- The Washington Times - Friday, September 14, 2001

D.C. area commuters yesterday got up, took their children to school and went to work, trying to return to a routine amid bomb threats, security checks and building evacuations two days after terrorists crashed hijacked airliners into the Pentagon and the World Trade Center.
"I felt like I had to come to work because I still have kids to take care of. I still have bills to pay. I've got to keep going," said Zephenia Casimiro, 25, who showed up for work at the Pensions Benefit Guarantee Corp. "I fear coming to work, but I can't just be scared to death."
Other local residents said they were trying to re-establish normalcy — mainly because there's not much else to do.
"Otherwise, the terrorists succeed. This is America, and we must continue," said Jeff Salisbury, a student at Catholic University of America who was working at the D.C. Superior Court yesterday.
Tom Brisendine, who works at the Washington office of the Deloitte and Touche accounting firm, said the firm's New York City office is right next to the World Trade Center and has been completely shut down.
"Most people in our office here in D.C. are just trying to get back in the groove, but it's hard to do because the management of the firm is still trying to find out if people are OK in New York. It's just very distracting," he said. "I don't know if anybody's going on with their lives completely, it's very hard to get it out of your mind."
One reminder yesterday was bomb threats — at American University, the U.S. Capitol and even the Pentagon, where a bomb threat forced rescue workers to evacuate the crash site and suspend work for two hours early yesterday.
Another reminder: military police patrolling downtown streets and military aircraft flying overhead.
At noon yesterday, helicopters circled over the crowds on New York Avenue downtown, prompting those on the street to cringe and look up.
"This is absolutely chilling," said one man at the corner of 12th Street and New York Avenue NW. "Everyone's dropping everything at the sight of those choppers because we're all scared to death."
Fear quickly turned to patriotism as, a few moments later, President Bush rode by in a motorcade on the way back from visiting victims at one of the area's hospitals. Onlookers cheered, waved or pumped their fists in the air.
As children returned to school, one longtime teacher said talking to students reminded her of dealing with President Kennedy's death in 1963.
"When the students got back days later, we talked to them openly and we let them have input on what we should do to remember them in memorials," said Lizzie Jones, a teacher at Backus Middle School. Her teaching partner at the school, Sarah Clark, was one of the 64 passengers on American Airlines Flight 77, which slammed into the Pentagon.
Mrs. Jones said she hoped teachers would be allowed to counsel the students because "that was really the only way we got over it, by talking about it in class and making time to talk about it privately."
As schools reopened, so did airports locally and nationwide — though on a very limited schedule.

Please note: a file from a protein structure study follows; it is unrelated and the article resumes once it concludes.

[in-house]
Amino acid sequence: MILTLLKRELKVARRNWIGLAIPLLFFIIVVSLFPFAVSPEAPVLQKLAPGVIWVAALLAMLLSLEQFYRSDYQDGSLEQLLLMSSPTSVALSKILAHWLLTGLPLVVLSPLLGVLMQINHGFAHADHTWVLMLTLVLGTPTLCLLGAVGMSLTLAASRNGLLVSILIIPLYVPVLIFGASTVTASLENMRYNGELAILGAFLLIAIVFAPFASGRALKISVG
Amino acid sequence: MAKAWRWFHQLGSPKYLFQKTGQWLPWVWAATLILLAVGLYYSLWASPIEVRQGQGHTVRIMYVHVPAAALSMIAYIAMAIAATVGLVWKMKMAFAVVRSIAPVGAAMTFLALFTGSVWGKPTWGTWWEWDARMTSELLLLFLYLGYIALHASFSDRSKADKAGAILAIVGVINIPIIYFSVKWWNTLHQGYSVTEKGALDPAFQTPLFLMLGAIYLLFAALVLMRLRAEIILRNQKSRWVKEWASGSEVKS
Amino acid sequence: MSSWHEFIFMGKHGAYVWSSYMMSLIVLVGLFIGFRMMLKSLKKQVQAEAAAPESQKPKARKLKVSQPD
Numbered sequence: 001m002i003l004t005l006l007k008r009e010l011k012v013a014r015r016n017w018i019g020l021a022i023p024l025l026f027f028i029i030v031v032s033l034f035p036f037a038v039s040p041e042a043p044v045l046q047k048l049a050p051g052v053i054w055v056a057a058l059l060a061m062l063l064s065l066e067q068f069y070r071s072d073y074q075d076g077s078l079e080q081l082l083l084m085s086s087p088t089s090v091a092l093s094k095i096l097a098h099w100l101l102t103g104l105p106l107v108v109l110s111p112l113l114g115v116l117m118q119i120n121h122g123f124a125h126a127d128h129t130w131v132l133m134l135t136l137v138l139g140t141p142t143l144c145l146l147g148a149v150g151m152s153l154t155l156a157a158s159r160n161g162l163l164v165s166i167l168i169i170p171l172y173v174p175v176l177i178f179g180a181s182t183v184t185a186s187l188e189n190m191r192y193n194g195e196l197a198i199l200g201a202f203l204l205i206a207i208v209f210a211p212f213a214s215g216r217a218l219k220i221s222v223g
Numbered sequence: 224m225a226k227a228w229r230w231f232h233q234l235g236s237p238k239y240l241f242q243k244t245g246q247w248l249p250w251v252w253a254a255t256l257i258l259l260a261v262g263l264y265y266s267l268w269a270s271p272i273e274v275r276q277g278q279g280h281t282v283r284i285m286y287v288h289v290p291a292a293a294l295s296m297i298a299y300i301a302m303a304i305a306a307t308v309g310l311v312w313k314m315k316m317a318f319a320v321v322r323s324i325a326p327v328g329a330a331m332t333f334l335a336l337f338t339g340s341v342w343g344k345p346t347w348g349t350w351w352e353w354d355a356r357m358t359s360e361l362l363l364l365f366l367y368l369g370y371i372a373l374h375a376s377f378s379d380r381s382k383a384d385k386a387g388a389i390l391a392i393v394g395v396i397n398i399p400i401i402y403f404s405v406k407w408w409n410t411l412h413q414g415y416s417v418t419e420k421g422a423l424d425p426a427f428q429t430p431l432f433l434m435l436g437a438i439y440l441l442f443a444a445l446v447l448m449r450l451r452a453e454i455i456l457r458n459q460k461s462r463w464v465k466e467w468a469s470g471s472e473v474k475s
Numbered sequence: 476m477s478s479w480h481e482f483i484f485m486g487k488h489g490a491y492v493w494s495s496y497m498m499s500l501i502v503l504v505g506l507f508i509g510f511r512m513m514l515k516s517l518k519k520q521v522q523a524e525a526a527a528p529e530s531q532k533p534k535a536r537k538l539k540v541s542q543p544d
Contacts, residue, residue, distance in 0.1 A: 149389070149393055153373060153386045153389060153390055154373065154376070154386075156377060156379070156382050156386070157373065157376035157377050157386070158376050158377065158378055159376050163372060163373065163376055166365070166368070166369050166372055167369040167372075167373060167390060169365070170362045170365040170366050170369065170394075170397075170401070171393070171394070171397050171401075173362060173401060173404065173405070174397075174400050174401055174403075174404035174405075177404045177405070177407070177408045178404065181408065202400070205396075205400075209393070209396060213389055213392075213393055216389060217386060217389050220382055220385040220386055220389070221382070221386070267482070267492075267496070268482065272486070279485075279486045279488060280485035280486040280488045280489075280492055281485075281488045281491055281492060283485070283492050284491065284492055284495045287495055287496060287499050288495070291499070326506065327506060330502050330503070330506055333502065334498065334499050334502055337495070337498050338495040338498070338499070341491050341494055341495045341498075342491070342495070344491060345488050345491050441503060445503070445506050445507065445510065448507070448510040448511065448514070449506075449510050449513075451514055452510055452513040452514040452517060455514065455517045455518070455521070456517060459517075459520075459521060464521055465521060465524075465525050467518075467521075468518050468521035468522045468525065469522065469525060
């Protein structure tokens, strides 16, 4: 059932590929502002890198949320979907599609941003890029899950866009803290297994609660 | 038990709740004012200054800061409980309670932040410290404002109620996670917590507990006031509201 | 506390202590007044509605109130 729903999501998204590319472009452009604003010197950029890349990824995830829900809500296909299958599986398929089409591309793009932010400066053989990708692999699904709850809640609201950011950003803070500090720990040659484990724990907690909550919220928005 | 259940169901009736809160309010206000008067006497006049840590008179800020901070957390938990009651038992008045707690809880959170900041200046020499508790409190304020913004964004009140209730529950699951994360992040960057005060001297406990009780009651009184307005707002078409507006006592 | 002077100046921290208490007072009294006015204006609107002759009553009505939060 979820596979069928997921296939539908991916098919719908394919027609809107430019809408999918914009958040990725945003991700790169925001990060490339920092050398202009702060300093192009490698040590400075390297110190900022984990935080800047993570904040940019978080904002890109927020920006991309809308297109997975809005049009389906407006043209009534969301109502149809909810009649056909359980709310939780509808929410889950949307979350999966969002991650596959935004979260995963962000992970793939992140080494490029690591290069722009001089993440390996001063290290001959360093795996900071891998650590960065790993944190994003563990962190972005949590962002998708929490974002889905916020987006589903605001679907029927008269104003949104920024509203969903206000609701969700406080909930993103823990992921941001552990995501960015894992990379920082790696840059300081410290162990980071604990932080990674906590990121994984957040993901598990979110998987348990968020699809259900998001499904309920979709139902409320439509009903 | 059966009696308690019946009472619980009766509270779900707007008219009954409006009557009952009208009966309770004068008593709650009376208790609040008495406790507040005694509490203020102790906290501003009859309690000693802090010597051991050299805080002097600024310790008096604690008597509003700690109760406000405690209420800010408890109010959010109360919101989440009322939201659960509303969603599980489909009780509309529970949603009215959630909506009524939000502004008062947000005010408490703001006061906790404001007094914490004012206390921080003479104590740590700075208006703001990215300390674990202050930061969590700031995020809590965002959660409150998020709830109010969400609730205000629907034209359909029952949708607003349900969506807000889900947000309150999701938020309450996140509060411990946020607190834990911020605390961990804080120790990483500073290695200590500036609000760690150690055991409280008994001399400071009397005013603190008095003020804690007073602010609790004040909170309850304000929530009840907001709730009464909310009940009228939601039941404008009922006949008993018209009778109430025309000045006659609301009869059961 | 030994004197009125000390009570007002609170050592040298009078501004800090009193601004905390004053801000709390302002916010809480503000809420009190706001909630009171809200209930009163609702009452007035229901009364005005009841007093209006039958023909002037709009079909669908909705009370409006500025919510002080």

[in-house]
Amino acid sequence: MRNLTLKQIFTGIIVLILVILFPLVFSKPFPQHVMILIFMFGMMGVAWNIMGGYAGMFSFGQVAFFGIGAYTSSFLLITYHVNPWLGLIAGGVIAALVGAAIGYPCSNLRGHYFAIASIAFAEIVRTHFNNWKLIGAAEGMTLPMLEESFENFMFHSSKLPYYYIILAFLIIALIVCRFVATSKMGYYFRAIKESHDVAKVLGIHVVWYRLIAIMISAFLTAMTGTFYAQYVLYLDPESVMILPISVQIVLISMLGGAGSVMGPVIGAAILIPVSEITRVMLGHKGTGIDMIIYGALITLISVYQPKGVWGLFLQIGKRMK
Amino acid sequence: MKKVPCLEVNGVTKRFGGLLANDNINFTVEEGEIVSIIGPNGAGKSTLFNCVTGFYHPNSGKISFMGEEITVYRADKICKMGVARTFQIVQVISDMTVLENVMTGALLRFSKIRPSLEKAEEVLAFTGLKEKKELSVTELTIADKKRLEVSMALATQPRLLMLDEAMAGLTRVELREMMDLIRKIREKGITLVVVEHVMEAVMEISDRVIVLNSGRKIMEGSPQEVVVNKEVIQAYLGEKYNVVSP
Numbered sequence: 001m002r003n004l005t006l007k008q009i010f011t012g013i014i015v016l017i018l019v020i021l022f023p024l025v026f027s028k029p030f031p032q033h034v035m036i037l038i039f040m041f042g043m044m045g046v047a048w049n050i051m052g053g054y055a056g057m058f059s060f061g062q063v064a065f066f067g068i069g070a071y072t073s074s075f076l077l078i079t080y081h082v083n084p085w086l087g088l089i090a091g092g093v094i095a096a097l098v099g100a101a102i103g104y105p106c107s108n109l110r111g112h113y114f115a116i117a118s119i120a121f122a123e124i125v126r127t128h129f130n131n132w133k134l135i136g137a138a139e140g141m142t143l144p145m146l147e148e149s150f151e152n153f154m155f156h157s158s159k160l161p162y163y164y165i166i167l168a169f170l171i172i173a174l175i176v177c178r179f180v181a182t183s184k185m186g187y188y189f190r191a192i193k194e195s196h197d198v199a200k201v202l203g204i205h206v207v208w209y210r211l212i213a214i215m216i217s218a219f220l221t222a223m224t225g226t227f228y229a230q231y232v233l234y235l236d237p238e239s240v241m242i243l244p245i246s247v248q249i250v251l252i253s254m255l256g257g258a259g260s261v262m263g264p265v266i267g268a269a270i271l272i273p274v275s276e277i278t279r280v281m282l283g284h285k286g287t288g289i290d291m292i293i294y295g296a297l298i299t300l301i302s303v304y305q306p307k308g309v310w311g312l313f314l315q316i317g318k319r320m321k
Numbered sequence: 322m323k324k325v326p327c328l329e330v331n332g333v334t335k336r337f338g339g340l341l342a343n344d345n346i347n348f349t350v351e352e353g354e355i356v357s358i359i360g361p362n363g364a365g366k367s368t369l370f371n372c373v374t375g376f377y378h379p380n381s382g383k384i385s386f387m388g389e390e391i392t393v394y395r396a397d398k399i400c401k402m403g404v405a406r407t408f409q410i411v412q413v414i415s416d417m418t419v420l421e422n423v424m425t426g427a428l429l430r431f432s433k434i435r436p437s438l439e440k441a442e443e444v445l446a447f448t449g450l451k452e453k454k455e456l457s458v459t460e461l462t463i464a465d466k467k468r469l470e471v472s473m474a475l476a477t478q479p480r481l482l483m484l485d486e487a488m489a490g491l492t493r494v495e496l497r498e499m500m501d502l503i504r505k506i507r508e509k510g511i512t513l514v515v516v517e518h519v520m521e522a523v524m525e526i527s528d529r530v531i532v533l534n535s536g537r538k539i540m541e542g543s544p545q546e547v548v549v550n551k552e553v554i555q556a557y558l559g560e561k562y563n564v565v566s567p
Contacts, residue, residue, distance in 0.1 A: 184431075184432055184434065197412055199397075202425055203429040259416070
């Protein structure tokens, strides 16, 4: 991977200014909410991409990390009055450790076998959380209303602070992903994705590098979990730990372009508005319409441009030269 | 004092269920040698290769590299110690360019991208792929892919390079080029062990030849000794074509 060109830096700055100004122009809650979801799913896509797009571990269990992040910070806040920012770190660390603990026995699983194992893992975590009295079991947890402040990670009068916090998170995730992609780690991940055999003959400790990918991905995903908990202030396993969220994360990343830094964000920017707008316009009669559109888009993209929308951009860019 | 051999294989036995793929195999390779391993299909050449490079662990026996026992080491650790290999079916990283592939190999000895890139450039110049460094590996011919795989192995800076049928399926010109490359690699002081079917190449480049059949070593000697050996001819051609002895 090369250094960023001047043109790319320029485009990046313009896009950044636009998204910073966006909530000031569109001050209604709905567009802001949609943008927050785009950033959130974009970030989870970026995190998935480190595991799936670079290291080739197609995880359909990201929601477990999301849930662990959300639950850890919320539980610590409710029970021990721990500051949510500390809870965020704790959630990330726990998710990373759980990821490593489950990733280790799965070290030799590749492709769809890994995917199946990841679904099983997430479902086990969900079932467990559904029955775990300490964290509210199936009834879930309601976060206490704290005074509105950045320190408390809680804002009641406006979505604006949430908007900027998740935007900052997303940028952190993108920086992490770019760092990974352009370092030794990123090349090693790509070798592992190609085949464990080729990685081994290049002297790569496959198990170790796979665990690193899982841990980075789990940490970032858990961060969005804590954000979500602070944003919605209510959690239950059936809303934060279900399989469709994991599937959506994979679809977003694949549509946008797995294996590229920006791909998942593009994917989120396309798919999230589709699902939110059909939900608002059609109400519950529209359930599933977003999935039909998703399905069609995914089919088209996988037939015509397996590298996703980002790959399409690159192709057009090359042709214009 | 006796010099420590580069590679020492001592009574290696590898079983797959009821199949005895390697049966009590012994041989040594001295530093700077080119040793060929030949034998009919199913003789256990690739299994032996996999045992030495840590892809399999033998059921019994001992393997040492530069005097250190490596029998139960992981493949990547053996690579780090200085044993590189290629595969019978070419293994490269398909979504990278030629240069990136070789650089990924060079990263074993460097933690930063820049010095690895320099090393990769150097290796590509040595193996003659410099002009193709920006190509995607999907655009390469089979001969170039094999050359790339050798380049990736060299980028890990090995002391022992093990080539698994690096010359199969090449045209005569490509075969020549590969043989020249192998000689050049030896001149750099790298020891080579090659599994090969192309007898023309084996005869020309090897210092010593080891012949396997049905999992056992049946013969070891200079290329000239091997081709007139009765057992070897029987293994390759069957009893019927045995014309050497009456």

Around Washington, businesses filled up. Construction crews blocked lanes and repaved roads. Customers waited in line at the Department of Motor Vehicles. Restaurants and cafes downtown began to fill with lunchtime crowds again.
The urge to buy eggs, milk, bread and other staple items subsided, and the region's grocery shelves have been restocked. Gasoline prices also have remained stable.
All across the region, though, water-cooler conversations about the weather and sports turned to the victims, the terrorists and personal safety.
"I think the world is still in a crisis, and I don't think it's safe for us to be here," said David Wilson, who works at Pensions Benefit Guarantee Corp. He pointed across the street to two National Guard Humvees and the soldiers milling about them. "If the government thought it was safe, they wouldn't be putting those vehicles over there," he said.
For some residents, it was impossible to return to a state of normalcy.
Dozens of rescue workers, firefighters and law enforcement officials picked through the rubble at the Pentagon, searching for survivors, remains and evidence where the plane smashed into the outer ring.
Volunteers continued to help out there and at hospitals, where victims were treated and hundreds of donors still poured in to donate blood.
The District, Maryland and Virginia remained under locally declared states of emergency, and yesterday President Bush added a federal decree of a state of emergency in Virginia, qualifying the state for disaster assistance money, equipment and federal personnel.
Many area residents said the attacks have forever changed the way they look at the world and in some cases the way they look at themselves.
"After they showed those kids dancing in the streets celebrating this in Palestine, my wife now sees them as the enemy," said Richard Waldrop, 43, a paralegal working on a contract with the Justice Department.
He said she wants them to move from their Alexandria home because it's too close to the Pentagon.
As for himself, Mr. Waldrop said, "I used to be a long-haired, peace-loving hippie, but now, heck with all that."
Brian DeBose contributed to this report.

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